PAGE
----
The Nets hold the draft rights to the following unsigned draft picks who have been playing outside the NBA. A drafted player, either an international draftee or a college draftee who is not signed by the team that drafted him, is allowed to sign with any non-NBA team. In this case, the team retains the player's draft rights in the NBA until one year after the player's contract with the non-NBA team ends.[74] This list includes draft rights that were acquired from trades with other teams.
DraftRoundPickPlayerPos.NationalityCurrent teamNote(s)Ref
2016244Isaïa CordinierG
 France
Nanterre 92 (France)Acquired from the Atlanta Hawks[75]
2015239Juan Pablo VauletF ArgentinaBaxi Manresa (Spain)Acquired from the Charlotte Hornets[76]
2015249Aaron WhiteF United StatesCrvena zvezda mts (Serbia)Acquired from the Washington Wizards[77]
2014254Nemanja DangubićG/F
 Serbia
Partizan NIS (Serbia)Acquired from the Philadelphia 76ers (via San Antonio)[77]
2014259Xavier ThamesG United StatesEgis Körmend (Hungary)Acquired from the Toronto Raptors[78]
Franchise leaders
Bold denotes still active with the team. Italics denotes still active, but not with the team. "Name*" includes combined statistics for the team from both the ABA and NBA.
Points scored (regular season) as of the end of the 2020–21 season[79]
  1. Brook Lopez (10,444)
  2. Buck Williams (10,440)
  3. Vince Carter (8,834)
  4. Richard Jefferson (8,507)
  5. Jason Kidd (7,373)
  6. John Williamson* (7,202)
  7. Julius Erving* (7,104)
  8. Kerry Kittles (7,096)
  9. Derrick Coleman (6,930)
  10. Chris Morris (6,762)
  11. Mike Gminski (6,415)
  12. Billy Paultz* (6,297)
  13. Bill Melchionni* (6,230)
  14. Otis Birdsong (5,968)
  15. Keith Van Horn (5,700)
  16. Albert King (5,595)
  17. Kendall Gill (4,932)
  18. Darwin Cook (4,699)
  19. Kenny Anderson (4,655)
  20. Deron Williams (4,609)
Other statistics (regular season) as of the end of the 2020–21 season[79]
Most minutes played
PlayerMinutes
Buck Williams23,100
Jason Kidd18,733
Brook Lopez18,118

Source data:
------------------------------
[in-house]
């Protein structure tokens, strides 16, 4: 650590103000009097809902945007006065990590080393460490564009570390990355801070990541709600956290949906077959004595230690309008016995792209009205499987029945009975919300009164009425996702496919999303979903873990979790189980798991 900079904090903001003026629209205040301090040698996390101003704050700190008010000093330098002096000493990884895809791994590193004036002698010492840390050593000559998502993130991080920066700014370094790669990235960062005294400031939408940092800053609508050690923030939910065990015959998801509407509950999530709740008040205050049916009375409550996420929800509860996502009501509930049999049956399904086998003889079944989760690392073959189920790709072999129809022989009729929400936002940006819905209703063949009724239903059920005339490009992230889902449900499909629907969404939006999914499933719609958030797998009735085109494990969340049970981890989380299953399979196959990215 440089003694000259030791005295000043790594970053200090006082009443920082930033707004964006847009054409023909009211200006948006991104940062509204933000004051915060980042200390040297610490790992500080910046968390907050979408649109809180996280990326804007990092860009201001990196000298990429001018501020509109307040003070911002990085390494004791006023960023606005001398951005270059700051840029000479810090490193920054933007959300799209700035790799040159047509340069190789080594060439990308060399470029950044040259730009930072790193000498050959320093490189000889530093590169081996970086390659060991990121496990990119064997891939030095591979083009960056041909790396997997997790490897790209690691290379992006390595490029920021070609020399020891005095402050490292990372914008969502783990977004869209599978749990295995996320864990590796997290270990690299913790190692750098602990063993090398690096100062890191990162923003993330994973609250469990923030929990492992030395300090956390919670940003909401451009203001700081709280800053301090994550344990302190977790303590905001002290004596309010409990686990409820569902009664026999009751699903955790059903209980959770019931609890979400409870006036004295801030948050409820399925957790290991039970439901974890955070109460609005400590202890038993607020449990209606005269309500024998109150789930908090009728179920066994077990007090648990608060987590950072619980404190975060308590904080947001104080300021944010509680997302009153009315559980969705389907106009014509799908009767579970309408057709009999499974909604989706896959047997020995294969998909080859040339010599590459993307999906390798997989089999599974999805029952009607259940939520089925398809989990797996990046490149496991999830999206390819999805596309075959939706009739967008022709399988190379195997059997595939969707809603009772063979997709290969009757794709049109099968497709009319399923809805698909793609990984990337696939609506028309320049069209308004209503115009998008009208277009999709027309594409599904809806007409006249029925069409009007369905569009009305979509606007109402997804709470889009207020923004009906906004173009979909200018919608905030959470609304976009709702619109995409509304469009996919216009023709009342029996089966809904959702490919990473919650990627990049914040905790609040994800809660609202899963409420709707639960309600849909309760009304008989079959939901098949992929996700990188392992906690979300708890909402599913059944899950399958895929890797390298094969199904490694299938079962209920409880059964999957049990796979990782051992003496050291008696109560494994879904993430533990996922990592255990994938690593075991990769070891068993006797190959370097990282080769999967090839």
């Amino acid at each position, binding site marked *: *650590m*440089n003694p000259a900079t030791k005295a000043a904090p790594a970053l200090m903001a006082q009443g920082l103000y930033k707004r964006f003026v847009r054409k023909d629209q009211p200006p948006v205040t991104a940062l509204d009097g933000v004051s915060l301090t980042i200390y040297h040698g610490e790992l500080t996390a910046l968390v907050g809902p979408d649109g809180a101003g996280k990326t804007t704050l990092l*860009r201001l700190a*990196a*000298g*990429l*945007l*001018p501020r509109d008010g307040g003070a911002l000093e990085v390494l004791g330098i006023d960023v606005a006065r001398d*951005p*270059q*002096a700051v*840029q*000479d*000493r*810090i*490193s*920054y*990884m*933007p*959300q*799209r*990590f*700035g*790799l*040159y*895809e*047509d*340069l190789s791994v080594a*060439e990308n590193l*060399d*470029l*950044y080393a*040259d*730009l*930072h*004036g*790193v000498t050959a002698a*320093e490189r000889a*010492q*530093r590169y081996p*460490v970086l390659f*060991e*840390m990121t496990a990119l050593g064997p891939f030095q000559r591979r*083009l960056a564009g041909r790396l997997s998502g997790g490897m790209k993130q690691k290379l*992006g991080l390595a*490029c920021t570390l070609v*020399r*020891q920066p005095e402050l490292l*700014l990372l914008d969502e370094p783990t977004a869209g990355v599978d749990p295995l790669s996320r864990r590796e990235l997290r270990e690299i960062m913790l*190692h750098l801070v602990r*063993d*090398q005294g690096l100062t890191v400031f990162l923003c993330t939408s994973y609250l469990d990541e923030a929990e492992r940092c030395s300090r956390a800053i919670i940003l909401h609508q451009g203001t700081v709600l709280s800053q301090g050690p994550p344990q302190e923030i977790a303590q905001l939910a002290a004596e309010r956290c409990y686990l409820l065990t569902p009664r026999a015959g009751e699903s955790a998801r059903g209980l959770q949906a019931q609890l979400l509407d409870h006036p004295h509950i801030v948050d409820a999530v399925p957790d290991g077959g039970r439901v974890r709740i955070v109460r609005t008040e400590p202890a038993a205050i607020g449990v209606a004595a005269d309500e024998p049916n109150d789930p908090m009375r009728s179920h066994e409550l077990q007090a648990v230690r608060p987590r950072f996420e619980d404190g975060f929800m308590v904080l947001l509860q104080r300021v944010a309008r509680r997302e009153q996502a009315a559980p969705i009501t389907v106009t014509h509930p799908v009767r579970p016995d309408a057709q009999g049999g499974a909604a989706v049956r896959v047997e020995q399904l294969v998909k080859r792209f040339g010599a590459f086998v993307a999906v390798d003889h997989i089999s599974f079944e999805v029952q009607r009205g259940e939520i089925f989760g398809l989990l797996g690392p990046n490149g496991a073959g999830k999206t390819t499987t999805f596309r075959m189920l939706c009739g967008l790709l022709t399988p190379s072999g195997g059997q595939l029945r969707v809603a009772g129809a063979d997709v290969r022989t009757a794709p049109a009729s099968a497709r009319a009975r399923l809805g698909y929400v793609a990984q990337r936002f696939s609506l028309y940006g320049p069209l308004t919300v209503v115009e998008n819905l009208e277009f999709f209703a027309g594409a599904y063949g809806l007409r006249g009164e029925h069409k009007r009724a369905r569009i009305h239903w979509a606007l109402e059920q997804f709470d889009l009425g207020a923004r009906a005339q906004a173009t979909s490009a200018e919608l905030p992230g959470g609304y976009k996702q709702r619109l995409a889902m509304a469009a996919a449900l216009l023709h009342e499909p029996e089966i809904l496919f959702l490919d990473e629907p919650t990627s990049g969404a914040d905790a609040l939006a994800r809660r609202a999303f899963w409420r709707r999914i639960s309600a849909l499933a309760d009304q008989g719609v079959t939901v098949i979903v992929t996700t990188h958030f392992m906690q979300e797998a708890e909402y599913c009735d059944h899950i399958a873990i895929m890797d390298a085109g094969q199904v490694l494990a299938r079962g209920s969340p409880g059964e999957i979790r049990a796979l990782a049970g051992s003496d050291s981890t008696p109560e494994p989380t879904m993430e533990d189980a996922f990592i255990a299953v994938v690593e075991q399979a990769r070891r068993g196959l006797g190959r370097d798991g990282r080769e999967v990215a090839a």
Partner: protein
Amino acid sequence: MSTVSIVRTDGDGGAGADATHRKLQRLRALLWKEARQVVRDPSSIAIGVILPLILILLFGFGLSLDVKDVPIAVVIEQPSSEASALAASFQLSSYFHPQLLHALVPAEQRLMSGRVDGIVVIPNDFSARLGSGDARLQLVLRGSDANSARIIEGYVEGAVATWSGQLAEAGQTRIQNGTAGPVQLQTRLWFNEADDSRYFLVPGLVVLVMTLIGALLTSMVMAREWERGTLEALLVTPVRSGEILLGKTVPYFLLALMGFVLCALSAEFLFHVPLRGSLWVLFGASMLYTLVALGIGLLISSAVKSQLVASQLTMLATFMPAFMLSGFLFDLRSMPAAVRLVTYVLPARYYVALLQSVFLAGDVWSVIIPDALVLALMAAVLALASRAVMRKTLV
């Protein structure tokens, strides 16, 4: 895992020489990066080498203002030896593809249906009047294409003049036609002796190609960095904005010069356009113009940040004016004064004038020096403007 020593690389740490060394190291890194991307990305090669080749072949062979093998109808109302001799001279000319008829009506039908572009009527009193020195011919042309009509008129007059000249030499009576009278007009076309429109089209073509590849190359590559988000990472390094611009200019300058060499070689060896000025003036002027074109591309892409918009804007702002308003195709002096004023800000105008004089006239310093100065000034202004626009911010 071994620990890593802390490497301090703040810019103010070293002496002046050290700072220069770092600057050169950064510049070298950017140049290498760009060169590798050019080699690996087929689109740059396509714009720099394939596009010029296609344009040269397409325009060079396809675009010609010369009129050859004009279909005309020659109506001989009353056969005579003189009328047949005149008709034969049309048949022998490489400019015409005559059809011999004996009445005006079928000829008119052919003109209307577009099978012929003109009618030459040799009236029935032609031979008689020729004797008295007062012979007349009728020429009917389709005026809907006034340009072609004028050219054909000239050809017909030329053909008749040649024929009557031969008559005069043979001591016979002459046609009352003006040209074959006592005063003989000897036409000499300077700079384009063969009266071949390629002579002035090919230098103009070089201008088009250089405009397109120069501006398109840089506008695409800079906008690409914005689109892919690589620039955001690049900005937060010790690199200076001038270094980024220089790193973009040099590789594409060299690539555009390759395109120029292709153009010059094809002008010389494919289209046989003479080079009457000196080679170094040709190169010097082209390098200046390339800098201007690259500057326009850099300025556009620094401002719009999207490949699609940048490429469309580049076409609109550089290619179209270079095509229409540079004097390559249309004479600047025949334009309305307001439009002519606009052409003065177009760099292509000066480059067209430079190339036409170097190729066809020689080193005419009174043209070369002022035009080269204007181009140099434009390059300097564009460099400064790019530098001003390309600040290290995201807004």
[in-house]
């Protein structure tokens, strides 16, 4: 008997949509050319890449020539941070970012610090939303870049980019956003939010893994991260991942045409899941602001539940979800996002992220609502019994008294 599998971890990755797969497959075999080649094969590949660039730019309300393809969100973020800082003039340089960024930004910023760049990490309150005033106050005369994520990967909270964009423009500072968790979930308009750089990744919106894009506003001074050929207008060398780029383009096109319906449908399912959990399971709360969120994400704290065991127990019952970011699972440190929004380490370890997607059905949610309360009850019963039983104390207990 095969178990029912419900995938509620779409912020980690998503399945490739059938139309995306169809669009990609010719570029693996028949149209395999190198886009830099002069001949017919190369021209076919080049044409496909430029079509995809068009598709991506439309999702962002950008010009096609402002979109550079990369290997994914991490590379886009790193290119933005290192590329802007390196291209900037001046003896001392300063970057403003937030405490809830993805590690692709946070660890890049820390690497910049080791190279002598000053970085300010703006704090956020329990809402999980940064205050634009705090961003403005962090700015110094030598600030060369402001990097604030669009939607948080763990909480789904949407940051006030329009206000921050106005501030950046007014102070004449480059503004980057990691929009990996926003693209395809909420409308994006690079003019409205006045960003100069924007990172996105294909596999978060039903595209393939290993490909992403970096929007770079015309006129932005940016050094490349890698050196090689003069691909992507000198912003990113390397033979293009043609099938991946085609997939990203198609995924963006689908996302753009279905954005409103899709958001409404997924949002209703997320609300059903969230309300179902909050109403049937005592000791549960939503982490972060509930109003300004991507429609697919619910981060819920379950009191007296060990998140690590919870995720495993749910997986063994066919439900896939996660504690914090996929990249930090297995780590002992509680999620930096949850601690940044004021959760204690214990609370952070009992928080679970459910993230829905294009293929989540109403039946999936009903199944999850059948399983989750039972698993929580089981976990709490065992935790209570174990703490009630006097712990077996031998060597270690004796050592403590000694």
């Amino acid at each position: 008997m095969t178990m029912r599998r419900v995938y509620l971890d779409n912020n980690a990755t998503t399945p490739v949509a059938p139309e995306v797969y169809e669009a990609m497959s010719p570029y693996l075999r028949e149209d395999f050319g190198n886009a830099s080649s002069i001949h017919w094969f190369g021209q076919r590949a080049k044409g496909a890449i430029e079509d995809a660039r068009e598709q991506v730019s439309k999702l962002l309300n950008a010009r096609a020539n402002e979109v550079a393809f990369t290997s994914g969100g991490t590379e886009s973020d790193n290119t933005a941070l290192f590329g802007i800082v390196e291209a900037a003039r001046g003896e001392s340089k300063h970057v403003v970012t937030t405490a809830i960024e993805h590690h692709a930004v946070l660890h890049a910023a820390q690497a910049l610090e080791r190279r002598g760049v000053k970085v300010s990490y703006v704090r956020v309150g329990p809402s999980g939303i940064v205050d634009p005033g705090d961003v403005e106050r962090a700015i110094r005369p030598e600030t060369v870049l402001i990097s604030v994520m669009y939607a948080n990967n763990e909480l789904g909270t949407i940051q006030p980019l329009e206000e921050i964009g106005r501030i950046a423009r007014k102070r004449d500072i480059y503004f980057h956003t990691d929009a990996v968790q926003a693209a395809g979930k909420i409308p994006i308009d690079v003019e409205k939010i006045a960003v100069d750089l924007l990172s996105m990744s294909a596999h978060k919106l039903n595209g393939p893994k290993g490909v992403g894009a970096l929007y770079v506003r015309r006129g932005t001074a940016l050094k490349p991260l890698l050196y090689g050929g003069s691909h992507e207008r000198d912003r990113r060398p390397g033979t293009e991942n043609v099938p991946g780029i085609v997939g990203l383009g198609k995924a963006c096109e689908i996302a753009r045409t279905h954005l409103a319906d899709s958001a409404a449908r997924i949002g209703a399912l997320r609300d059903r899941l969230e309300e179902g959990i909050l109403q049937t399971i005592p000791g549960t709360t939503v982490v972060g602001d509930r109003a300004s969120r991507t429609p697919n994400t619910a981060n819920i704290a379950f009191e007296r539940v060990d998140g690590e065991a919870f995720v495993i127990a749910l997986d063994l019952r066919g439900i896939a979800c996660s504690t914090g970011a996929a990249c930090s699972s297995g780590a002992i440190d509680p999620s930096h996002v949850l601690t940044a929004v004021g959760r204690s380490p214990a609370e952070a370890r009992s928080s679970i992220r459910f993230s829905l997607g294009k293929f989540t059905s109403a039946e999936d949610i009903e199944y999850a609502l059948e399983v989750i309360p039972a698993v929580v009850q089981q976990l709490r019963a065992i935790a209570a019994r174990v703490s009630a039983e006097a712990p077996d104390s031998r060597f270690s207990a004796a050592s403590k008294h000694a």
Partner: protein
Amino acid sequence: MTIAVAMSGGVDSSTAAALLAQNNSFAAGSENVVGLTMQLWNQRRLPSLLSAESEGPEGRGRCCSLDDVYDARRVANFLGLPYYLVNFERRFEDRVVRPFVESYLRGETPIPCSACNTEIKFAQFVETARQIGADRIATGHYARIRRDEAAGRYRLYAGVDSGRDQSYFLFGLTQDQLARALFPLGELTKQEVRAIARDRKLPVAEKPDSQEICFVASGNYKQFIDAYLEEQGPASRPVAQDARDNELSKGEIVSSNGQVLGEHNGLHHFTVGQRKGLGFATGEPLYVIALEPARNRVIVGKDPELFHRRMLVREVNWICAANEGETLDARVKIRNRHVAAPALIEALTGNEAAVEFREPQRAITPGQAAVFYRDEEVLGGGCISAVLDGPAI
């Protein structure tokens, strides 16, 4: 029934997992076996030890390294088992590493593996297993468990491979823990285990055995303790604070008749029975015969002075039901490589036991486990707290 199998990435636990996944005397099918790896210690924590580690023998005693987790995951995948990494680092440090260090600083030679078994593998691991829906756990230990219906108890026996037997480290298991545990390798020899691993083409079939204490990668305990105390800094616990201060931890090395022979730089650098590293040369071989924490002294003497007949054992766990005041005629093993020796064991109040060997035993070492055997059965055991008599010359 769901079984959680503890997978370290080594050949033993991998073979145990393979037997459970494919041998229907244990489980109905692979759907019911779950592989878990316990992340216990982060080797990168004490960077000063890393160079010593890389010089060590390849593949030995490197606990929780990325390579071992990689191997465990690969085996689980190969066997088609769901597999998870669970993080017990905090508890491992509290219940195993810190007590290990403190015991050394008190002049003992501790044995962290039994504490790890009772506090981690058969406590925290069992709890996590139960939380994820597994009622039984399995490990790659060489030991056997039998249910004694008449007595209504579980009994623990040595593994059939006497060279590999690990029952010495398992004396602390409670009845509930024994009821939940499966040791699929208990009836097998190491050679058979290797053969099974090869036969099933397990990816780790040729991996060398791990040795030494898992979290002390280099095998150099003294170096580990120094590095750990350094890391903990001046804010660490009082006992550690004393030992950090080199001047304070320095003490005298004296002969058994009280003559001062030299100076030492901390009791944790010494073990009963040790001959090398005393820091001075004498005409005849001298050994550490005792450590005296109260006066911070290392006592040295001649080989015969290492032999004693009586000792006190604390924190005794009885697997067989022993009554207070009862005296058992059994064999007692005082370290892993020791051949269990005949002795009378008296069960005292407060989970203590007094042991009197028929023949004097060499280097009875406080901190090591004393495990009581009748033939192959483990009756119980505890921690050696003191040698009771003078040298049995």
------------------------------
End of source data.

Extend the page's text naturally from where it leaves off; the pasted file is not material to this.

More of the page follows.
Richard Jefferson17,499
Kerry Kittles16,686
Most rebounds
PlayerRebounds
Buck Williams7,576
Billy Paultz*4,544
Brook Lopez4,004
Derrick Coleman3,690
Mike Gminski3,671
Most assists
PlayerAssists
Jason Kidd4,620
Bill Melchionni*3,044
Kenny Anderson2,363
Deron Williams2,078
Darwin Cook1,970
Most steals
PlayerSteals
Jason Kidd950
Darwin Cook875
Kerry Kittles803
Chris Morris784
Kendall Gill652
Most blocks
PlayerBlocks
Brook Lopez972
George Johnson863
Buck Williams696
Mike Gminski599
Derrick Coleman559
Retired numbers
See also: List of National Basketball Association retired jersey numbers
New Jersey / Brooklyn Nets retired numbers hanging prior to the NBA pre-season game between the Nets and the New York Knicks in October 2018
Brooklyn Nets retired numbers[80]
No.PlayerPositionTenureDate
3Dražen PetrovićG1990–1993November 11, 1993
5Jason KiddG2001–2008October 17, 2013
23John WilliamsonG1973–1980December 7, 1990
25Bill MelchionniG1969–1976September 1976
32Julius ErvingF1973–1976April 3, 1987
52Buck WilliamsF1981–1989April 11, 1999
Basketball Hall of Fame
Players
No.NamePositionTenureInducted
24Rick Barry[81]F1970–19721987
1Nate Archibald[82]G1976–19771991
32Julius Erving[83]F1973–19761993
21Bob McAdoo[84]C19812000
3Dražen Petrović[85]G1990–19932002
34Mel Daniels[86]C19762012
22Bernard King[87]F1977–19792013
301992–1993
33Alonzo Mourning[88]C2003–20042014
55Dikembe Mutombo[89]C2002–20032015
10Maurice Cheeks[90]G1992–19932018
5Jason Kidd[a][91]G2001–20082018
2Kevin Garnett[92]F2013–20152020
34Paul PierceF2013–20142021
Coaches
NamePositionTenureInducted
Lou Carnesecca[93]Head coach1970–19731992
Chuck Daly[b][94]Head coach1992–19941994
Larry Brown[95]Head coach1981–19832002
John Calipari[96]Head coach1996–19992015
Bill Fitch[97]Head coach1989–19922019
Contributors
NamePositionTenureInducted
Rod Thorn[98]Assistant coach1973–1975, 1976–19782018
Executive2000–2010
Notes
  1. ^ Also served as head coach of the team in 2013–2014.
  2. ^ Daly was inducted into the Hall of Fame twice—as coach and as a member of the 1992 Olympic team.
FIBA Hall of Fame
Players
No.NamePositionTenureInducted
3Dražen Petrović[99]G1991–19932007
33Alonzo MourningC2003–20042019
Coaches
NamePositionTenureInducted
Chuck Daly[a]Head coach1992–19942021
Notes
^ Daly was inducted into the FIBA Hall of Fame twice—as coach and as a member of the 1992 Olympic team.
Individual awards
NBA
NBA Rookie of the Year
NBA Executive of the Year
Rod Thorn – 2002
J. Walter Kennedy Citizenship Award
Wayne Ellington – 2016
All-NBA First Team
Jason Kidd – 2002, 2004